ROXANNE ROBERTS: Last month, Typhoon Lionrock brought devastation to a region in Japan. Among the casualties - one government official's reputation. Shunsuke Mutai, who was inspecting damage from the storm, encountered a large puddle and was faced with a dilemma. Everyone else in the group was wearing rubber boots but Mutai was not.

He made a split-second decision and jumped on the back of a less senior official in what became a piggyback ride televised across the nation. Cabinet Secretary Yoshihide Suga, however, blasted Mutai for his lack of sensitivity and preparation. Quote, "he went there as head of the government investigation team, so naturally he should have brought his rubber boots to begin with," reports the BBC. A groveling Mutai was forced to apologize saying he, quote, "deeply regretted the gaffe."

SAGAL: A Japanese official gets a piggyback ride on television across a puddle on the back of one of his aides. Your last story of a political figure taking a fall comes from Adam Burke.

ADAM BURKE: Hillary Clinton isn't the only politician to get into trouble over use of her personal phone. Last month, journalists and opposition ministers in South Korea found it increasingly difficult to get hold of Kristal Yong-June (ph), the country's minister for culture and tourism, on her personal cell phone. As complaints mounted, the National Assembly launched an internal investigation involving a government official following ministry interns during work hours. The staffer was shadowed to a local park full of young people staring at their phones. Consultation with a reporter from the Seoul Herald solved the mystery. The local park was a popular pokestop for the popular mobile game Pokemon Go.

Further investigation revealed the minister had been giving staffers her phone and having them catch rare pokemon. Under intense grilling, several interns broke down sobbing, revealing that the minister had been particularly intent on catching several mankeys and dittos. But as committee meetings precluded her from doing so, she instructed them to go catch them all on her behalf. Criticism over the affair has been harsh and swift with opposition member Park Sung Yi (ph) blasting, much as igglybuff (ph) evolves into a jigglypuff, we had hoped that Korean politics had evolved past this type of self-serving cronyism. For her part, Yong-June has expressed remorse for the affair and pledged to commit herself fully to her duties as a minister, adding wryly that she hopes to be the very best like no one ever was.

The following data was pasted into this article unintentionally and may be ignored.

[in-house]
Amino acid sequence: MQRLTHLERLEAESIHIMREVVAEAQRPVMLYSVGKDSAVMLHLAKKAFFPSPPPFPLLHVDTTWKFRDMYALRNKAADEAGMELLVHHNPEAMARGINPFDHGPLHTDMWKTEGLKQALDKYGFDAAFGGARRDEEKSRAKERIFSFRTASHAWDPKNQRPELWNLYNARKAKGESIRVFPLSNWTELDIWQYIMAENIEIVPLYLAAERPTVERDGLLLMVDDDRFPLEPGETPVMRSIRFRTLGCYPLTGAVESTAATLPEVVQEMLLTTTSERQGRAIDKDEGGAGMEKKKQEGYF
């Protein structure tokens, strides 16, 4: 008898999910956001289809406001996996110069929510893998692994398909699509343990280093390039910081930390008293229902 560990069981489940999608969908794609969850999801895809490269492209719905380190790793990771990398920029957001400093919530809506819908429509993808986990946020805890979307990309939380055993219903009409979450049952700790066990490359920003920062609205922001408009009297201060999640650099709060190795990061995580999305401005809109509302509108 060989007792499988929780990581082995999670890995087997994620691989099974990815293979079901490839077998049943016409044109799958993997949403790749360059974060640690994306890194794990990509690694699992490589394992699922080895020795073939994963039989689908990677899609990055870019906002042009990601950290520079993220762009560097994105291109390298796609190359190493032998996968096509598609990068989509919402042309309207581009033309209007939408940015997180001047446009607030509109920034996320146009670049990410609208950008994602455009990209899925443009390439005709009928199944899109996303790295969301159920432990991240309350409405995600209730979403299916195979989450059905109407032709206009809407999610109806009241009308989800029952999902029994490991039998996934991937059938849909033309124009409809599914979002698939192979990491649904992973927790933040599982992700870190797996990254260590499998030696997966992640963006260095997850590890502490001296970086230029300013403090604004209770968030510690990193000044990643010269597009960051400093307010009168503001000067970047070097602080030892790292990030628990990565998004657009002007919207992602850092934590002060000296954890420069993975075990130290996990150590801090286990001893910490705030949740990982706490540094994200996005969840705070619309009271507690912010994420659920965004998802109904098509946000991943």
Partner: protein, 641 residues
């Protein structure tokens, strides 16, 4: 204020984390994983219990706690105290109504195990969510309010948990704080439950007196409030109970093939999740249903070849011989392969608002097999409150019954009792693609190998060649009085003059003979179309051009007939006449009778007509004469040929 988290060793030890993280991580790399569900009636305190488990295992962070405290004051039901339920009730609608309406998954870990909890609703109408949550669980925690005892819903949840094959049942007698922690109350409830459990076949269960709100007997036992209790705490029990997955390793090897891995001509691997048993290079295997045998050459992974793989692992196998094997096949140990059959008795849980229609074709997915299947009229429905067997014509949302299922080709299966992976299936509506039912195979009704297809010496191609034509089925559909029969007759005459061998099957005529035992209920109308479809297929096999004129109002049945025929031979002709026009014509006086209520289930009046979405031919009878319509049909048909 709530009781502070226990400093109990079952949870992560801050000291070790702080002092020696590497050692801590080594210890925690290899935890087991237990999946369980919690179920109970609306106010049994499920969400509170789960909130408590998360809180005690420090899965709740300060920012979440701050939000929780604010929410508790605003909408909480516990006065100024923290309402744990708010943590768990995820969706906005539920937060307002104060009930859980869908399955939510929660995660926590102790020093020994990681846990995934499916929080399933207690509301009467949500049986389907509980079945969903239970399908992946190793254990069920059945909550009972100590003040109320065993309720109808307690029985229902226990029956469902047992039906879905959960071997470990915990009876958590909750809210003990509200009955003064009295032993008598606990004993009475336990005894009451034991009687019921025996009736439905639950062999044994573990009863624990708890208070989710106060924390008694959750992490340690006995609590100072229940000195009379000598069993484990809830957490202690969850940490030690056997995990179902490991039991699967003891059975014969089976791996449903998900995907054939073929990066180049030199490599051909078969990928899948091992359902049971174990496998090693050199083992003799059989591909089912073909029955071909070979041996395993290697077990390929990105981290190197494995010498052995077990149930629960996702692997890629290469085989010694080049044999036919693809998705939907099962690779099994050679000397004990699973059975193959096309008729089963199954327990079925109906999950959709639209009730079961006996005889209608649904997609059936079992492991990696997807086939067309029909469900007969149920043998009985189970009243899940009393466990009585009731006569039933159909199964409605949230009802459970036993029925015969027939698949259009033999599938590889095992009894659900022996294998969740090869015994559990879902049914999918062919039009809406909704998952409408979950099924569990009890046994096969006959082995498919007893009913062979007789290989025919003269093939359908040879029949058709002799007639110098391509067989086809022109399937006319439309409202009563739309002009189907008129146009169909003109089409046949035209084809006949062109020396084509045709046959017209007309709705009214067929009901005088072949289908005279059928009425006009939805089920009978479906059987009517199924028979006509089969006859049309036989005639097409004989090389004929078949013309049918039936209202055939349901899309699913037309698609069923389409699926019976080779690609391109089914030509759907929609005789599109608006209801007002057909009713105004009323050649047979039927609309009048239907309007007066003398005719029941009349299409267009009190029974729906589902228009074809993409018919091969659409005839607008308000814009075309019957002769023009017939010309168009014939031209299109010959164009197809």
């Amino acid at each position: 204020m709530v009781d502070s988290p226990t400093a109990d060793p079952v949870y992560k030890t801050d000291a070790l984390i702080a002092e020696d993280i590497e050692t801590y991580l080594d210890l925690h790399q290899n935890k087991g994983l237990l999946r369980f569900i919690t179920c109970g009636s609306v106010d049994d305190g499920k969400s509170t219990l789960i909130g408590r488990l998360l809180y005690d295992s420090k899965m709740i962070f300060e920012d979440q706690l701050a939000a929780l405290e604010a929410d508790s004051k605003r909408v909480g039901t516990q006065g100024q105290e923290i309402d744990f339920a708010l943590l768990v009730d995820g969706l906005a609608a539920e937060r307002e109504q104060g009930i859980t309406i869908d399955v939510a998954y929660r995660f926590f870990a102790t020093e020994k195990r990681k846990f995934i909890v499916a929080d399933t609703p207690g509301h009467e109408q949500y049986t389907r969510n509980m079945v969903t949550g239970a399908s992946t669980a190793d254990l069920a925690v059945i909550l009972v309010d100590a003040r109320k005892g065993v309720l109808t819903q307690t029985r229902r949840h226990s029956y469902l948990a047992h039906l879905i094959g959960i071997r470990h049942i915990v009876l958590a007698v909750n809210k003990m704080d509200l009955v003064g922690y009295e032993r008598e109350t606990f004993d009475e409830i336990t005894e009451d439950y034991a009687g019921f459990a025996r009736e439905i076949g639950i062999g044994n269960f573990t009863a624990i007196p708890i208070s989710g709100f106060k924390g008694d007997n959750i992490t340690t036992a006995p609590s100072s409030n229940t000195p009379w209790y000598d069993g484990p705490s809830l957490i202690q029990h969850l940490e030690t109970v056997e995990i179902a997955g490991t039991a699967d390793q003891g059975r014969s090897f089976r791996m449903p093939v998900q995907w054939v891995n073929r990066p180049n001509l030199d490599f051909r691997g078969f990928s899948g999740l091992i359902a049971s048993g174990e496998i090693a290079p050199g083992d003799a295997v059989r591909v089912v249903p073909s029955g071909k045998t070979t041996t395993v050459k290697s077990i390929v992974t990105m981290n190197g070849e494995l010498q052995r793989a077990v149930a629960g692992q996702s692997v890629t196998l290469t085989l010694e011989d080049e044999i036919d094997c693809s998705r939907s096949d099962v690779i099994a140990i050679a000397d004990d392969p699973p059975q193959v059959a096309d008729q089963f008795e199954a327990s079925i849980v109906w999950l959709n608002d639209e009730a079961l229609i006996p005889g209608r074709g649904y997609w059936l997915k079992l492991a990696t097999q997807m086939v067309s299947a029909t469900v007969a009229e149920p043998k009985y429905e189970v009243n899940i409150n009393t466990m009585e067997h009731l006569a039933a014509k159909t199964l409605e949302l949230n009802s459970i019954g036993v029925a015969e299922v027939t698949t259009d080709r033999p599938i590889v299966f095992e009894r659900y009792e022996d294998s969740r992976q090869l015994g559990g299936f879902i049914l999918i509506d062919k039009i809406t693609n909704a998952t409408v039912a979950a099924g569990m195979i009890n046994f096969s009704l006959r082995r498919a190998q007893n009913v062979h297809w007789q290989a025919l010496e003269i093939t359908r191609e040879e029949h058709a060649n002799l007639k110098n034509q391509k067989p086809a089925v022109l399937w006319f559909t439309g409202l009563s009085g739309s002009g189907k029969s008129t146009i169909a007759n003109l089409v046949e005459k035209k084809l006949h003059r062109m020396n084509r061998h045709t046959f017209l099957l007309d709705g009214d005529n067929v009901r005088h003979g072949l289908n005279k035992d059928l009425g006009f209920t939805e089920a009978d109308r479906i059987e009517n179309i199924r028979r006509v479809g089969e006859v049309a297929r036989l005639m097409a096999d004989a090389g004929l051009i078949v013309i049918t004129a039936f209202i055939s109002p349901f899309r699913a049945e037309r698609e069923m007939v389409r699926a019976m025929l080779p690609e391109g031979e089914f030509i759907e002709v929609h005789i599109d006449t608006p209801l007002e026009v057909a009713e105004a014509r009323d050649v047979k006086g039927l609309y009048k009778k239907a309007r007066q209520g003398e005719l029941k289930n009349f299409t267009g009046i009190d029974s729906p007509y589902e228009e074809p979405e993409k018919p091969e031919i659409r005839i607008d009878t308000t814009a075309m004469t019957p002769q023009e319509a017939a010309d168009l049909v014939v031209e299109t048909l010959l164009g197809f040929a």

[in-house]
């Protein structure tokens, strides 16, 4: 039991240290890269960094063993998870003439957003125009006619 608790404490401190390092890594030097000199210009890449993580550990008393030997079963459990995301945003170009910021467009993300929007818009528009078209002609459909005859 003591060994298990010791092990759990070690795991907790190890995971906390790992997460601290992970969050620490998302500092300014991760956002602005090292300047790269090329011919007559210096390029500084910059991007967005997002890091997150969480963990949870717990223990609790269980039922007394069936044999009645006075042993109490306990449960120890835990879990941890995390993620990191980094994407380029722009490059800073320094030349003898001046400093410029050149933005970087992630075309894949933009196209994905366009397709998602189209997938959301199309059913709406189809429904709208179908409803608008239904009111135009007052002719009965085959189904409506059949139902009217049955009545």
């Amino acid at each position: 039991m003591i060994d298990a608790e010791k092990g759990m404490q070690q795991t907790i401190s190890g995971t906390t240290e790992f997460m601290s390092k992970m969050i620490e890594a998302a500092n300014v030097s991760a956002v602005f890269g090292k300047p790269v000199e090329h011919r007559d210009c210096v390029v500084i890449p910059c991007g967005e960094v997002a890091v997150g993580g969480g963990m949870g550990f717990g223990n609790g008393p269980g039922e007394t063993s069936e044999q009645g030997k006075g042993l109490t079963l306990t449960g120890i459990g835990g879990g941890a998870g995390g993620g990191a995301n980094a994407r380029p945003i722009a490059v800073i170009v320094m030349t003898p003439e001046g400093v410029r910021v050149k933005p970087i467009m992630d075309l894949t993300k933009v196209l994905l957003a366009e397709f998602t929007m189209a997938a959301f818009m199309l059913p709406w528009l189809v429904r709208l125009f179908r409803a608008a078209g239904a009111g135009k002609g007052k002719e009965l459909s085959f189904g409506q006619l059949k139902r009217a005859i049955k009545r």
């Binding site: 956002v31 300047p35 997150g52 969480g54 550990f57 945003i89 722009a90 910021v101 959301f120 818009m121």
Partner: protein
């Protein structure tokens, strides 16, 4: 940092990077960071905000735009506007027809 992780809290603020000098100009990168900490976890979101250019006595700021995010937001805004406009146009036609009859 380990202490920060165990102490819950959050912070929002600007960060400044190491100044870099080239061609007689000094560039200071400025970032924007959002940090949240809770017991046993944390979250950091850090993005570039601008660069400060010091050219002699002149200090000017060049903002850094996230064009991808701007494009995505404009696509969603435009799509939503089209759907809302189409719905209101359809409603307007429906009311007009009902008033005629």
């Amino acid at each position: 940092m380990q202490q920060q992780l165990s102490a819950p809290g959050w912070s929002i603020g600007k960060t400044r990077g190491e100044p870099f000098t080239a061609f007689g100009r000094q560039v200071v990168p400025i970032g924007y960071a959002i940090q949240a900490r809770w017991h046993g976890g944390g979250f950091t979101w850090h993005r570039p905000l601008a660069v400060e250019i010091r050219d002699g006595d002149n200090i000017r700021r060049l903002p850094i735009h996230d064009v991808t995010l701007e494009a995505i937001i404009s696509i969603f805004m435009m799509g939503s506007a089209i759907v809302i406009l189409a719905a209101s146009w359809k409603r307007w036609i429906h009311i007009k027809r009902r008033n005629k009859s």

SAGAL: All right, these are your choices, Robin. One of these things happened to some bore - to some poor benighted official somewhere in the world. Was it from Peter Grosz, an Icelandic mayor who got in trouble for a surreptitiously recorded anti-elf rant, from Roxanne Roberts, the story of a Japanese official who decided that he needed a piggyback ride across a puddle while surveying typhoon damage, or from Adam Burke, a South Korean minister caught sending her interns to catch pokemon for her during work hours? Which is the real story of a scandal in the week's news?

ZASIO: I'm vacillating between two and three, and I am going with Roxanne.

SAGAL: You're going to go with Roxanne's story, which is about the Japanese official and the puddle. All right, well, to bring you the correct answer, we spoke to someone familiar with this story.

JOE FULD: You had a politician, right, who was taking a ride on someone's back to get over a mud puddle, which, I would say is a no-no.

(APPLAUSE)

SAGAL: That was Joe Fuld, who's the president of the consulting firm Campaign Workshop, Incorporated, giving his professional opinion of how it looks when you get a piggyback ride from an aide. Congratulations, Robin, you got it right. You were, of course, correct. That was Roxanne's story. So, yay, you got it right, Roxanne gets a point and you win our prize - the voice of Carl Kasell. Congratulations.

ZASIO: Thank you. It was a blast.

SAGAL: Thank you so much, Robin.